Fi­nally and most im­por­tantly, the Delhi High Court in this land­mark judg­ment laid down the fol­low­ing guide­lines.

1. The trial courts should not only be sen­si­tive but ex­tremely vig­i­lant in cases where they are record­ing

or­ders of bail to as­cer­tain the com­pli­ance thereof.

2. When bail is granted, an en­dorse­ment shall be made on the cus­tody war­rant of the pris­oner, in­di­cat­ing that bail has been granted, along with the date of the or­der of bail.

3. In case of in­abil­ity of a pris­oner to seek re­lease de­spite an or­der of bail, it is the ju­di­cial duty of all trial courts to un­der­take a re­view for the rea­sons thereof.

4. Ev­ery bail or­der shall be marked on the file.

5. It shall be the re­spon­si­bil­ity of ev­ery judge is­su­ing an or­der of bail to mon­i­tor its ex­e­cu­tion and en­force­ment.

6. In case a judge stands trans­ferred be­fore the ex­e­cu­tion, it shall be the re­spon­si­bil­ity of the suc­ces­sor judge to en­sure ex­e­cu­tion.

7. It shall be the re­spon­si­bil­ity of prison au­thor­i­ties to promptly bring any in­stance of a pris­oner be­ing un­able to se­cure re­lease from prison de­spite an or­der of bail hav­ing been passed in his favour to the no­tice of the trial courts as well as the con­cerned Sec­re­tary of the District Le­gal Ser­vices Authority.

8. All trial courts pass­ing an or­der of bail shall main­tain a record of the fol­low­ing: a) date of the or­der and con­di­tions im­posed therein. b) date on which the

con­di­tions were sat­is­fied. c) date of re­lease of the

pris­oner from the jail. d) if con­di­tions not sat­is­fied, the date on which the re­view and risk as­sess­ment were taken upon an in­ter­view of the pris­oner con­cerned. e) date and terms of the or­der passed upon the re­view. f) date of ul­ti­mate re­lease of the pris­oner.

9. A monthly state­ment on th­ese as­pects shall be sent to the con­cerned District Judges, who would un­der­take an ex­er­cise of ver­i­fi­ca­tion of the in­for­ma­tion fur­nished by the court con­cerned.

10. This in­for­ma­tion shall also be sent to the District Judge as well as Direc­tor Gen­eral (Pris­ons) who would un­der­take an ex­er­cise of ver­i­fi­ca­tion on a quar­terly ba­sis.

11. A re­port re­gard­ing the or­ders of bail and the re­lease of pris­on­ers shall be sent on quar­terly ba­sis by the District Judge as well as Direc­tor Gen­eral (Pris­ons) to the Reg­is­trar Gen­eral of this Court.

12. The panel ad­vo­cates de­puted by the Le­gal Ser­vices Authority in the re­spec­tive crim­i­nal courts would be re­spon­si­ble to keep them­selves up­dated, in­ter alia, on the ba­sis of above-men­tioned record and re­port and move ap­pro­pri­ate ap­pli­ca­tion in con­cerned Case qua con­cerned ac­cused re­spect­ing whose fur­ther or­ders are re­quired to be passed to se­cure re­lease from cus­tody pur­suant to the bail or­der.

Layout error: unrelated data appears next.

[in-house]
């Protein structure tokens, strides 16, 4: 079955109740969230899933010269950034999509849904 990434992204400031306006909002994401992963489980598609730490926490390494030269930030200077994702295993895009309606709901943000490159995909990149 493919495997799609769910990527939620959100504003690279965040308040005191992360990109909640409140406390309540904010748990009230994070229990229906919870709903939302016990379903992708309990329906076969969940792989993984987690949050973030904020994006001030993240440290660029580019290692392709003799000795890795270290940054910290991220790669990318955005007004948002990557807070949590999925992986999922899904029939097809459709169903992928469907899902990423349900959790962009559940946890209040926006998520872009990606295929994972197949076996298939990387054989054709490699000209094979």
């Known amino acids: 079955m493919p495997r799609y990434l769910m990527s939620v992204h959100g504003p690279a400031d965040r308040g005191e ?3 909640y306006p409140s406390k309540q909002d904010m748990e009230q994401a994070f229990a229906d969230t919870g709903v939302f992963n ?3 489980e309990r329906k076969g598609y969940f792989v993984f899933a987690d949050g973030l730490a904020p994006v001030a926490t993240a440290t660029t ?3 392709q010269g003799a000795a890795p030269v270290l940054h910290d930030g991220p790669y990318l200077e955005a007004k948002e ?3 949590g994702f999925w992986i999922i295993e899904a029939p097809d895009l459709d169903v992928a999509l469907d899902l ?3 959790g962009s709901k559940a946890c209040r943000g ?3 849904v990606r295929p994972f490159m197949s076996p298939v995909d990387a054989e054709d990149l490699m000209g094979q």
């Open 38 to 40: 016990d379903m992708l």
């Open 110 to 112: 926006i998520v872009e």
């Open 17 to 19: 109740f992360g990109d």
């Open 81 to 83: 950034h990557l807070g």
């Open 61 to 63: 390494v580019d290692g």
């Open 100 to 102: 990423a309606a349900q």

13. The train­ing and sen­si­ti­za­tion of judges on th­ese as­pects shall be taken ex­pe­di­tiously by the

District Judges in con­junc­tion with the Delhi ju­di­cial Academy.

It shall be the re­spon­si­bil­ity of prison au­thor­i­ties to promptly bring any in­stance of a pris­oner be­ing un­able to se­cure re­lease from prison de­spite an or­der of bail hav­ing been passed in his favour to the no­tice of the trial courts as well as the con­cerned Sec­re­tary of the District Le­gal Ser­vices Authority.

The rul­ing

The Court also di­rected the Direc­tor (Aca­demics) of the Delhi Ju­di­cial Academy to de­sign a train­ing mo­d­ule on bail and re­lease of un­der­tri­als by lower Court Judges and a sched­ule for the same. District Judges have been made re­spon­si­ble to en­sure that such train­ing are in fact car­ried out. A com­pli­ance re­port has been di­rected to be filed by all District Judges; the Direc­tor (Aca­demics), Delhi Ju­di­cial Academy; Mem­ber Sec­re­tary, DSLS and the Direc­tor Gen­eral, Pris­ons, Delhi. Also, the Delhi High Court made it clear that the above di­rec­tions as well as the di­rec­tions made by us on 15th De­cem­ber, 2017 shall be strictly com­plied with. In ad­di­tion, it also di­rected that, “The con­cerned District Judge shall place be­fore this court a sta­tus re­port re­gard­ing the steps which were re­quired to be taken in terms of the min­utes dated 10th Jan­uary, 2018, as noted above, within two weeks from today”.

In hind­sight, it is the poor un­der­trial pris­on­ers who keep rot­ting and suf­fer­ing in jail de­spite get­ting bail who will stand to ben­e­fit most from this land­mark or­der as they are un­able to fur­nish sureties. All High Courts in In­dia must fol­low this ex­tremely laud­able judg­ment of the Delhi High Court to en­sure that the un­der­trial pris­on­ers get what is their le­gal right and they don’t just keep rot­ting in jail even af­ter get­ting bail!

The queues of such kind of un­der­tri­als are very long in ev­ery states of In­dia.

Delhi High Court Judges or­der District & Ses­sions Court Judges to

con­duct risk as­sess­ment on un­der­tri­als lan­guish­ing in jail.